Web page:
Thanks to the connectivity offered by social media, internet users can come together to share their culture. But they can also build their own online communities based on their niches and likes, such as favorite books, movies, TV shows, and hobbies. This helps them create their own new shared culture, or niche-ified versions of their cultures.

How to Use Shared Culture in Marketing

A primary way to use shared culture in your digital marketing efforts is to learn more about your target audience‘s culture. Understanding more about the culture of your audience can significantly impact how they perceive your product or service, which can then affect whether they decide to “add to cart” or not.

But you can also tailor your products and services to your audience’s culture. By sharing in their culture, values, beliefs, and attitudes, you can build products that are both useful and meaningful to them. If you use content marketing, you can use your understanding of their culture to create blog posts, social media content, email marketing, or even paid ads on digital marketing channels.

Additionally, you should consider the keywords commonly used within your target culture and optimize your content for these keywords. This improves your visibility on search engines and signals to your audience that you understand and value their culture.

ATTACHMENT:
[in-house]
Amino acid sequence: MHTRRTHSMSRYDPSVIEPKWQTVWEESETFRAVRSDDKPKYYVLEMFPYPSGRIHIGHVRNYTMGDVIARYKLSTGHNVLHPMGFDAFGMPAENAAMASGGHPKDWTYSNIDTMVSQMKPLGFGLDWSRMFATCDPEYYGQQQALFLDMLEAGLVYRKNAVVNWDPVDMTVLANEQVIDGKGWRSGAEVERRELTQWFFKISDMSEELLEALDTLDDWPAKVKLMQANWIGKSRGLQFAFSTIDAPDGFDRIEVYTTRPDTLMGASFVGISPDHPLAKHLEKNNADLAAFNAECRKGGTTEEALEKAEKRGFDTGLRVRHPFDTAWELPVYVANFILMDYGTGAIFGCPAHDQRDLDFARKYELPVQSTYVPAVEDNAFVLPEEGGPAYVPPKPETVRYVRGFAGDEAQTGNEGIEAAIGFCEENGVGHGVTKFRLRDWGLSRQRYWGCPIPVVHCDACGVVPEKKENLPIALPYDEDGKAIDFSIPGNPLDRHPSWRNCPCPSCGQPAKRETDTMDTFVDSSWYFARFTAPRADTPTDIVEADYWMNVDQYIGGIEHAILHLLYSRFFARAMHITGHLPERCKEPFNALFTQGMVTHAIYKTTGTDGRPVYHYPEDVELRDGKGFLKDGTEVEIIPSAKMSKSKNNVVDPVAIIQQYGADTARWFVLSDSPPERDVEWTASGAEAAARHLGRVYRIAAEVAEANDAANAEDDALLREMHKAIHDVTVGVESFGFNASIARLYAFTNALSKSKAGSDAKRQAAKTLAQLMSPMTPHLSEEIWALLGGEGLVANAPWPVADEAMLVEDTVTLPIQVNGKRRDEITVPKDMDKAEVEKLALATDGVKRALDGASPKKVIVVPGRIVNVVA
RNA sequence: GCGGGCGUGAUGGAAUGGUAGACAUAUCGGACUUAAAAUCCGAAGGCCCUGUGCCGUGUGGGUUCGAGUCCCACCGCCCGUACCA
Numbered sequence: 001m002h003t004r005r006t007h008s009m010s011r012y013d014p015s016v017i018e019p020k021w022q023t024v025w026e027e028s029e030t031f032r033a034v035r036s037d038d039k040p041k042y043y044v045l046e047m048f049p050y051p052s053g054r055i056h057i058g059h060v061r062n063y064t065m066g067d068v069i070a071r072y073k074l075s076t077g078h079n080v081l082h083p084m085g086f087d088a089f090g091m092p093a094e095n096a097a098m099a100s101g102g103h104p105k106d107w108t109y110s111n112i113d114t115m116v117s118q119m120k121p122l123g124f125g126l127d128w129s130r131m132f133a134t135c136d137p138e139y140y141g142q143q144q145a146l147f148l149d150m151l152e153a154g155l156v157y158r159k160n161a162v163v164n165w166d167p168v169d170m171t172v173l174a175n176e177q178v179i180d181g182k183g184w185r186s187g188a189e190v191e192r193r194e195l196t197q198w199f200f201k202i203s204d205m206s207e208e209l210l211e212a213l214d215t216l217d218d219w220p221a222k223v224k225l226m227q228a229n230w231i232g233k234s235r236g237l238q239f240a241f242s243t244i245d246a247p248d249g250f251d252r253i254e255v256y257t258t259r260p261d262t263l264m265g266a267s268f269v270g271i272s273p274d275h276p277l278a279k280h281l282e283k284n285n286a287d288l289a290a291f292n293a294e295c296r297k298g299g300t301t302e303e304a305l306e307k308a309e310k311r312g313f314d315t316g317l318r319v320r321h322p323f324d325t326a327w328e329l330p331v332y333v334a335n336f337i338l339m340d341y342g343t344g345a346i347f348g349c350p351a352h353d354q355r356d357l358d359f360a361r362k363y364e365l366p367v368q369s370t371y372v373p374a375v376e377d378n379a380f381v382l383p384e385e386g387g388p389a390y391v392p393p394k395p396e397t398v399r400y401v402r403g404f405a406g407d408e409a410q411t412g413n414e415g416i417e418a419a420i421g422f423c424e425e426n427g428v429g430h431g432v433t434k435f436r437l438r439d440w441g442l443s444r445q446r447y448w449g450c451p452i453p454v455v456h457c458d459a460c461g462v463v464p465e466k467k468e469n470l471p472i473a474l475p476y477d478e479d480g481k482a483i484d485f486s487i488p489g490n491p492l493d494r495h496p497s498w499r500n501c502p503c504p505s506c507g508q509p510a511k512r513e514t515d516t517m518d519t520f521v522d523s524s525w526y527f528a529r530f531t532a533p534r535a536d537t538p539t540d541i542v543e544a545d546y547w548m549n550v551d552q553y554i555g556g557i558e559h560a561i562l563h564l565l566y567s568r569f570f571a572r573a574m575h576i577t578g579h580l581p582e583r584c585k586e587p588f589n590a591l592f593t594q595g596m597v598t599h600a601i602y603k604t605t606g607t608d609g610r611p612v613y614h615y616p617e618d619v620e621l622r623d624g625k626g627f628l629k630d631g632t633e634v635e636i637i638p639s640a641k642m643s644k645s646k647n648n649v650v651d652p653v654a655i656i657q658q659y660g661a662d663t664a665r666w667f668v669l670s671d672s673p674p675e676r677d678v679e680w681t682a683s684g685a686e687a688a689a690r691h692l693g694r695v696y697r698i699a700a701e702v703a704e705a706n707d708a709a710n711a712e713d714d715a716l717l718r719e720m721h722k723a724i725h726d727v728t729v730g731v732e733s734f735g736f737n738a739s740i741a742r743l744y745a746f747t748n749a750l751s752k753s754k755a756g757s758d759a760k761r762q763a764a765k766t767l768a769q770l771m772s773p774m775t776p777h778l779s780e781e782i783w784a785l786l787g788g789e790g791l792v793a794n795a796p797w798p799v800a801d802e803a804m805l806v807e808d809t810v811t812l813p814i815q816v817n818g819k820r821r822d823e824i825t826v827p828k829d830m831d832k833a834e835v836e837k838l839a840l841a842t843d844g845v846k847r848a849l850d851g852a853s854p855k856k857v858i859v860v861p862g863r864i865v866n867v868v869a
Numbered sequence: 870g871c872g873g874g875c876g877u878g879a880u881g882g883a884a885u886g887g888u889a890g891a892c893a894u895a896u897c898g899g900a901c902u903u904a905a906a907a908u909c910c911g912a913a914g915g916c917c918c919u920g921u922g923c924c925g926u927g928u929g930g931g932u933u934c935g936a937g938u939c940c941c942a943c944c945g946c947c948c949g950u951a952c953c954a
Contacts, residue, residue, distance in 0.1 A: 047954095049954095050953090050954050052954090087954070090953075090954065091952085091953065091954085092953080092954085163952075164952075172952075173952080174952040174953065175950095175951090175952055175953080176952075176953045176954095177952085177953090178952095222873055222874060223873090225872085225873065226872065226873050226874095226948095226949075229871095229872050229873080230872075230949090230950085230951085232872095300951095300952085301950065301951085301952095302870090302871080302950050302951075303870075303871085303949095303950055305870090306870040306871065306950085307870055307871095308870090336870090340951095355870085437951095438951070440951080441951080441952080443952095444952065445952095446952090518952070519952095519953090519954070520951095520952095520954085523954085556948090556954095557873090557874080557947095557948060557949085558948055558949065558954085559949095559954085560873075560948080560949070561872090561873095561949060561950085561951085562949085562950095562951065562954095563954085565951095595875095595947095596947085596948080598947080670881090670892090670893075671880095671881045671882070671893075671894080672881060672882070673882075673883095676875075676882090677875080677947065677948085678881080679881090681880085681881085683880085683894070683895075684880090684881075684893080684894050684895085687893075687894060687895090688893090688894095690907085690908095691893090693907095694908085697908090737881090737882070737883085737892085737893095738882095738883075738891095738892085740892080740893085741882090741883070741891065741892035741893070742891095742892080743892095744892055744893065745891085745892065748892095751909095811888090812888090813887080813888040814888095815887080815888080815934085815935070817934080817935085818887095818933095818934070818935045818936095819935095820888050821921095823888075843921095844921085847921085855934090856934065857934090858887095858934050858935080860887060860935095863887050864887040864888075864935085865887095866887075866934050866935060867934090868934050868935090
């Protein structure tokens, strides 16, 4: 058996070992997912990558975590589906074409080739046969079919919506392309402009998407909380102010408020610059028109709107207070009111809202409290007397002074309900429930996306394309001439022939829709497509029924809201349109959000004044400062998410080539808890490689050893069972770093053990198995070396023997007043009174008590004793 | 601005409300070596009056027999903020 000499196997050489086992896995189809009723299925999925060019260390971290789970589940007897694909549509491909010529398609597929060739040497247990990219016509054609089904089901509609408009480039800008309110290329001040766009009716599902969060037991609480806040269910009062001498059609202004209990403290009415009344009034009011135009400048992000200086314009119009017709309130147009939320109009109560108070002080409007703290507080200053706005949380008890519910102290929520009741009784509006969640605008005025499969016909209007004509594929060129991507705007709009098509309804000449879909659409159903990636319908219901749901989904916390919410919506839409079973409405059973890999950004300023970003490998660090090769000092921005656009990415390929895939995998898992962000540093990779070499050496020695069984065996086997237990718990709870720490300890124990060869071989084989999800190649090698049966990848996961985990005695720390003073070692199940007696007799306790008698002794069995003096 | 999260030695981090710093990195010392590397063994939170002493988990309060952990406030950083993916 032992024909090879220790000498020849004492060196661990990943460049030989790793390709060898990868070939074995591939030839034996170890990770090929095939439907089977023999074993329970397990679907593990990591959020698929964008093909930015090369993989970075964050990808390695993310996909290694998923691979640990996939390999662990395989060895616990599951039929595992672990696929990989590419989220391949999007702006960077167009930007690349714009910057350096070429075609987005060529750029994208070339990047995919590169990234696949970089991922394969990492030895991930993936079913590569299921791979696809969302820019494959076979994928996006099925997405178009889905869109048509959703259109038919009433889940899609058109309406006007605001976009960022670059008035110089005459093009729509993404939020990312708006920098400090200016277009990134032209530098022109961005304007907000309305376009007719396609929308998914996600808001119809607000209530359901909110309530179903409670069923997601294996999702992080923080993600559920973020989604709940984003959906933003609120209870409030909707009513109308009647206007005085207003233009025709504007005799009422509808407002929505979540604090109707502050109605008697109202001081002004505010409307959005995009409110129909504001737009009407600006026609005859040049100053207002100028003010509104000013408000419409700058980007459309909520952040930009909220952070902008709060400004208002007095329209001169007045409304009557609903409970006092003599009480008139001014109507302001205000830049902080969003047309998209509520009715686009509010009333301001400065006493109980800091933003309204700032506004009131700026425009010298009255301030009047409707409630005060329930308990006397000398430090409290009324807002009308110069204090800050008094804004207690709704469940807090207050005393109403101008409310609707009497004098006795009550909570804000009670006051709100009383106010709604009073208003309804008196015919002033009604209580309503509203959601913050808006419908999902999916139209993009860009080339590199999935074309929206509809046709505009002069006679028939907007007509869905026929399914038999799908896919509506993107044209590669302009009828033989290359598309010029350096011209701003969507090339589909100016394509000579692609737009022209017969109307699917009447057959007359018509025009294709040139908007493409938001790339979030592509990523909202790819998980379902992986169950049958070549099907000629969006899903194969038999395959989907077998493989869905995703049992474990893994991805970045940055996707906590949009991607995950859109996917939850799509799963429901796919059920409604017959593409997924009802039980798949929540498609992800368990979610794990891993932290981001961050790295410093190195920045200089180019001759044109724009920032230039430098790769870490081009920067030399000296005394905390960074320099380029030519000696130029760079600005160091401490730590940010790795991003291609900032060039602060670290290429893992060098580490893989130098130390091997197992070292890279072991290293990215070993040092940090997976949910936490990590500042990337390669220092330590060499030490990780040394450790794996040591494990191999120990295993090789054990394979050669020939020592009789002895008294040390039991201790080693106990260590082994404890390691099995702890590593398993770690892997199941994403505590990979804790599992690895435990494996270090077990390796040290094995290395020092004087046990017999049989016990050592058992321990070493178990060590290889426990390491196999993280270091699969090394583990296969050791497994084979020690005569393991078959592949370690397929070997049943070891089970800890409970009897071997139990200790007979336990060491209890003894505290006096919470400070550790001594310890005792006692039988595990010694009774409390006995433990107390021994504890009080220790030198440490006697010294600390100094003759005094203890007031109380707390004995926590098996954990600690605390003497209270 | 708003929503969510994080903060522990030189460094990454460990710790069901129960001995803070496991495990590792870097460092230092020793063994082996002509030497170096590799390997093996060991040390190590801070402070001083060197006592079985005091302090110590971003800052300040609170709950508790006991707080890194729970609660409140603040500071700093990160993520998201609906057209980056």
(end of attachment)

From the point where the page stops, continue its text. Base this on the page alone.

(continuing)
Of course, all of this comes with a certain amount of nuance. When utilizing your target audience’s culture in marketing, it’s essential to understand the exact meaning of the symbols and language you use. Otherwise, you could inadvertently offend your audience or turn them off from your brand completely.

Benefits of Using Shared Culture in Marketing

One of the long-term benefits of digital marketing through shared culture is establishing trust and loyalty with your audience. By aligning your brand with the values and beliefs of your audience, you position your brand as a part of their culture, fostering a deeper connection.

Using shared culture in your digital marketing can also improve your conversion rate. When customers see their culture reflected in your brand’s messaging, they are more likely to engage with your brand, leading to higher click-through rates (CTR) and conversion rates.

Shared culture can also enhance your SEO and pay-per-click (PPC) strategies. By incorporating cultural keywords in your content, you can improve your search engine ranking and increase the effectiveness of your paid ads.


A classic example of shared culture in marketing can be seen in the campaigns of many big tech companies in San Francisco. They often align their marketing strategies with the shared culture of innovation and disruption prevalent in Silicon Valley. By doing this, they position themselves as part of this culture and appeal to the audience that identifies with these values.

Another example is affiliate marketing, where brands partner with influencers or bloggers who share a similar culture with their target audience. This allows brands to tap into the shared culture between the influencer and their followers, leading to more effective digital marketing.